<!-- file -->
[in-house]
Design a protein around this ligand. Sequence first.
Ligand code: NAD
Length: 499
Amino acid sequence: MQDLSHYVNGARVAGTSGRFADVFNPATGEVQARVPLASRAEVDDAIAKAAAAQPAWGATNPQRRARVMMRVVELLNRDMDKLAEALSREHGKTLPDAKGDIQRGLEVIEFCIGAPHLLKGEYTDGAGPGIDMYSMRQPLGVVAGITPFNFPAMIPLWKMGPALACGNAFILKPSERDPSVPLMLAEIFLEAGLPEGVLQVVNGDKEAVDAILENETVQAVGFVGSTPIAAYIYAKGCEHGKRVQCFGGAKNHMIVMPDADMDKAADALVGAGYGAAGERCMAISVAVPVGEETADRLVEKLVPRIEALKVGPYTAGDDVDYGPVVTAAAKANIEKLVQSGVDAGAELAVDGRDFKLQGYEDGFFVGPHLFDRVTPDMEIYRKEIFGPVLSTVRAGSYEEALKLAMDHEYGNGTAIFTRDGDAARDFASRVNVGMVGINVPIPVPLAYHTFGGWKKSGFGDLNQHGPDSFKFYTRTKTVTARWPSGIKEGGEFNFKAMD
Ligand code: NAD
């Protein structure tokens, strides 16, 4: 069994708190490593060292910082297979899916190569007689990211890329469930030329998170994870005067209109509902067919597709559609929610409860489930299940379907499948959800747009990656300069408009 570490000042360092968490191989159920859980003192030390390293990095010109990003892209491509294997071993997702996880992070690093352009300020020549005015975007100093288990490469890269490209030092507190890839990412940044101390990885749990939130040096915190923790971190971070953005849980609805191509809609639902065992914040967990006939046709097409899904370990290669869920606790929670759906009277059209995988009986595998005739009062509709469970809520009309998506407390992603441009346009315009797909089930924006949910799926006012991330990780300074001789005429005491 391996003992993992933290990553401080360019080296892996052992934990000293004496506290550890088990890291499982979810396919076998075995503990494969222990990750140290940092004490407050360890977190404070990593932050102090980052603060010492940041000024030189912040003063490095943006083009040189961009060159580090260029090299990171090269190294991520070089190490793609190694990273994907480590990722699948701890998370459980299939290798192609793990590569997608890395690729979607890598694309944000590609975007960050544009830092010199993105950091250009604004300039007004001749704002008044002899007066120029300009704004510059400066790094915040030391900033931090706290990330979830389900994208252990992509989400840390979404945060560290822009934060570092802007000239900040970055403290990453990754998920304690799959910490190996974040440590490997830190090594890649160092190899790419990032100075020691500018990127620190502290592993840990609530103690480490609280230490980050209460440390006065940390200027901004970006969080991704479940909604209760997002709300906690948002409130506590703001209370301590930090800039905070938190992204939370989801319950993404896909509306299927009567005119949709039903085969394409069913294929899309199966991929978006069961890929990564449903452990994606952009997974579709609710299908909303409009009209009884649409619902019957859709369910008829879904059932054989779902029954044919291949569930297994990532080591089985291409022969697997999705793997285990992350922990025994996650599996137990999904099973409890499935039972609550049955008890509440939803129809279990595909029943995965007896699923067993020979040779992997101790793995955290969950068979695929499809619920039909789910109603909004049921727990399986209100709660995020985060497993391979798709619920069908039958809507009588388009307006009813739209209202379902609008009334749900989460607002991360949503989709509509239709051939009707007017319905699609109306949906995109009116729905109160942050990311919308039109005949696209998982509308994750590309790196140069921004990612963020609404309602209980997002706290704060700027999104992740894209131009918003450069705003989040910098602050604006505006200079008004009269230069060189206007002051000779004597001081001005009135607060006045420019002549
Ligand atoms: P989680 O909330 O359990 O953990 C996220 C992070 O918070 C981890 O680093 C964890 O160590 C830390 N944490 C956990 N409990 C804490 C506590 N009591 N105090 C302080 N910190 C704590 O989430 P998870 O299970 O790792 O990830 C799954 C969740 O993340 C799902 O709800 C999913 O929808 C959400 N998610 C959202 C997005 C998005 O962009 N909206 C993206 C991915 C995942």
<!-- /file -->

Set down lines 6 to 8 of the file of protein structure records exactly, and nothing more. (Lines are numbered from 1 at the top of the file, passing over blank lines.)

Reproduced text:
Ligand code: NAD
């Protein structure tokens, strides 16, 4: 069994708190490593060292910082297979899916190569007689990211890329469930030329998170994870005067209109509902067919597709559609929610409860489930299940379907499948959800747009990656300069408009 570490000042360092968490191989159920859980003192030390390293990095010109990003892209491509294997071993997702996880992070690093352009300020020549005015975007100093288990490469890269490209030092507190890839990412940044101390990885749990939130040096915190923790971190971070953005849980609805191509809609639902065992914040967990006939046709097409899904370990290669869920606790929670759906009277059209995988009986595998005739009062509709469970809520009309998506407390992603441009346009315009797909089930924006949910799926006012991330990780300074001789005429005491 391996003992993992933290990553401080360019080296892996052992934990000293004496506290550890088990890291499982979810396919076998075995503990494969222990990750140290940092004490407050360890977190404070990593932050102090980052603060010492940041000024030189912040003063490095943006083009040189961009060159580090260029090299990171090269190294991520070089190490793609190694990273994907480590990722699948701890998370459980299939290798192609793990590569997608890395690729979607890598694309944000590609975007960050544009830092010199993105950091250009604004300039007004001749704002008044002899007066120029300009704004510059400066790094915040030391900033931090706290990330979830389900994208252990992509989400840390979404945060560290822009934060570092802007000239900040970055403290990453990754998920304690799959910490190996974040440590490997830190090594890649160092190899790419990032100075020691500018990127620190502290592993840990609530103690480490609280230490980050209460440390006065940390200027901004970006969080991704479940909604209760997002709300906690948002409130506590703001209370301590930090800039905070938190992204939370989801319950993404896909509306299927009567005119949709039903085969394409069913294929899309199966991929978006069961890929990564449903452990994606952009997974579709609710299908909303409009009209009884649409619902019957859709369910008829879904059932054989779902029954044919291949569930297994990532080591089985291409022969697997999705793997285990992350922990025994996650599996137990999904099973409890499935039972609550049955008890509440939803129809279990595909029943995965007896699923067993020979040779992997101790793995955290969950068979695929499809619920039909789910109603909004049921727990399986209100709660995020985060497993391979798709619920069908039958809507009588388009307006009813739209209202379902609008009334749900989460607002991360949503989709509509239709051939009707007017319905699609109306949906995109009116729905109160942050990311919308039109005949696209998982509308994750590309790196140069921004990612963020609404309602209980997002706290704060700027999104992740894209131009918003450069705003989040910098602050604006505006200079008004009269230069060189206007002051000779004597001081001005009135607060006045420019002549
Ligand atoms: P989680 O909330 O359990 O953990 C996220 C992070 O918070 C981890 O680093 C964890 O160590 C830390 N944490 C956990 N409990 C804490 C506590 N009591 N105090 C302080 N910190 C704590 O989430 P998870 O299970 O790792 O990830 C799954 C969740 O993340 C799902 O709800 C999913 O929808 C959400 N998610 C959202 C997005 C998005 O962009 N909206 C993206 C991915 C995942």